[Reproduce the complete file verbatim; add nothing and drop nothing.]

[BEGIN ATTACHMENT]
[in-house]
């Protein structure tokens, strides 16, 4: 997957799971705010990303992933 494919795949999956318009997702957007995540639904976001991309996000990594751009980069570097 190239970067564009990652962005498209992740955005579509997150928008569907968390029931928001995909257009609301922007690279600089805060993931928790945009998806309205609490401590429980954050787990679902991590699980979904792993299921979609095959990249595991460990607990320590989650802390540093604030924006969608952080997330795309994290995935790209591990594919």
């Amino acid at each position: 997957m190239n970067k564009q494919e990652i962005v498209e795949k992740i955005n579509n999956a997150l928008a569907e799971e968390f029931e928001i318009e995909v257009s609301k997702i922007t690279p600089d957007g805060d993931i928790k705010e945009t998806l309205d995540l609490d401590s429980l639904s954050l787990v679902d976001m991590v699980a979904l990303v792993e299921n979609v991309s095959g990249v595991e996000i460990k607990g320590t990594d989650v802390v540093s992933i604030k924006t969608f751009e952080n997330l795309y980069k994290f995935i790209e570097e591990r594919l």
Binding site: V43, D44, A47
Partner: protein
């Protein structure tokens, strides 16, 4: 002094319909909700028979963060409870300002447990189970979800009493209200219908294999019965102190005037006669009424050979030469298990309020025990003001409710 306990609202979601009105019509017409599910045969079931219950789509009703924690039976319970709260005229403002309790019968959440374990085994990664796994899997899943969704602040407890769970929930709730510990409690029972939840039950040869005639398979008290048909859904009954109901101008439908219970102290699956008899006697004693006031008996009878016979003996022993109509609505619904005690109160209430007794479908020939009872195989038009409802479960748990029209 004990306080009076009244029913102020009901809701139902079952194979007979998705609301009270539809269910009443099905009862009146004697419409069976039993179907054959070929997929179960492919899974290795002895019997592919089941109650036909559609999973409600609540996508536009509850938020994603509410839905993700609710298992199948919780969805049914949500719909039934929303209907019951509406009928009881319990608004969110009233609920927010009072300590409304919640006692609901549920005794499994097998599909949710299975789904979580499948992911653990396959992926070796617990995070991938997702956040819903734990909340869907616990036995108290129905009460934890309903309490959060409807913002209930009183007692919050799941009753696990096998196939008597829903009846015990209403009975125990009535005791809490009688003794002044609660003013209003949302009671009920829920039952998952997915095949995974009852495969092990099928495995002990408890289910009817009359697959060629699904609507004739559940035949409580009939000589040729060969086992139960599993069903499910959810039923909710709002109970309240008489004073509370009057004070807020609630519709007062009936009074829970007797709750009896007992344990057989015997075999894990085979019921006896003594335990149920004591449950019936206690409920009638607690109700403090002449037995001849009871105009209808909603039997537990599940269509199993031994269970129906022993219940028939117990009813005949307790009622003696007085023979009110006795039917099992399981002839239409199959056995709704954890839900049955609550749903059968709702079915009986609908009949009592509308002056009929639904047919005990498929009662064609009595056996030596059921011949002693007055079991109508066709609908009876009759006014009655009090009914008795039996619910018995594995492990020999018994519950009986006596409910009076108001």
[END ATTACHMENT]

[in-house]
């Protein structure tokens, strides 16, 4: 997957799971705010990303992933 494919795949999956318009997702957007995540639904976001991309996000990594751009980069570097 190239970067564009990652962005498209992740955005579509997150928008569907968390029931928001995909257009609301922007690279600089805060993931928790945009998806309205609490401590429980954050787990679902991590699980979904792993299921979609095959990249595991460990607990320590989650802390540093604030924006969608952080997330795309994290995935790209591990594919």
């Amino acid at each position: 997957m190239n970067k564009q494919e990652i962005v498209e795949k992740i955005n579509n999956a997150l928008a569907e799971e968390f029931e928001i318009e995909v257009s609301k997702i922007t690279p600089d957007g805060d993931i928790k705010e945009t998806l309205d995540l609490d401590s429980l639904s954050l787990v679902d976001m991590v699980a979904l990303v792993e299921n979609v991309s095959g990249v595991e996000i460990k607990g320590t990594d989650v802390v540093s992933i604030k924006t969608f751009e952080n997330l795309y980069k994290f995935i790209e570097e591990r594919l």
Binding site: V43, D44, A47
Partner: protein
């Protein structure tokens, strides 16, 4: 002094319909909700028979963060409870300002447990189970979800009493209200219908294999019965102190005037006669009424050979030469298990309020025990003001409710 306990609202979601009105019509017409599910045969079931219950789509009703924690039976319970709260005229403002309790019968959440374990085994990664796994899997899943969704602040407890769970929930709730510990409690029972939840039950040869005639398979008290048909859904009954109901101008439908219970102290699956008899006697004693006031008996009878016979003996022993109509609505619904005690109160209430007794479908020939009872195989038009409802479960748990029209 004990306080009076009244029913102020009901809701139902079952194979007979998705609301009270539809269910009443099905009862009146004697419409069976039993179907054959070929997929179960492919899974290795002895019997592919089941109650036909559609999973409600609540996508536009509850938020994603509410839905993700609710298992199948919780969805049914949500719909039934929303209907019951509406009928009881319990608004969110009233609920927010009072300590409304919640006692609901549920005794499994097998599909949710299975789904979580499948992911653990396959992926070796617990995070991938997702956040819903734990909340869907616990036995108290129905009460934890309903309490959060409807913002209930009183007692919050799941009753696990096998196939008597829903009846015990209403009975125990009535005791809490009688003794002044609660003013209003949302009671009920829920039952998952997915095949995974009852495969092990099928495995002990408890289910009817009359697959060629699904609507004739559940035949409580009939000589040729060969086992139960599993069903499910959810039923909710709002109970309240008489004073509370009057004070807020609630519709007062009936009074829970007797709750009896007992344990057989015997075999894990085979019921006896003594335990149920004591449950019936206690409920009638607690109700403090002449037995001849009871105009209808909603039997537990599940269509199993031994269970129906022993219940028939117990009813005949307790009622003696007085023979009110006795039917099992399981002839239409199959056995709704954890839900049955609550749903059968709702079915009986609908009949009592509308002056009929639904047919005990498929009662064609009595056996030596059921011949002693007055079991109508066709609908009876009759006014009655009090009914008795039996619910018995594995492990020999018994519950009986006596409910009076108001």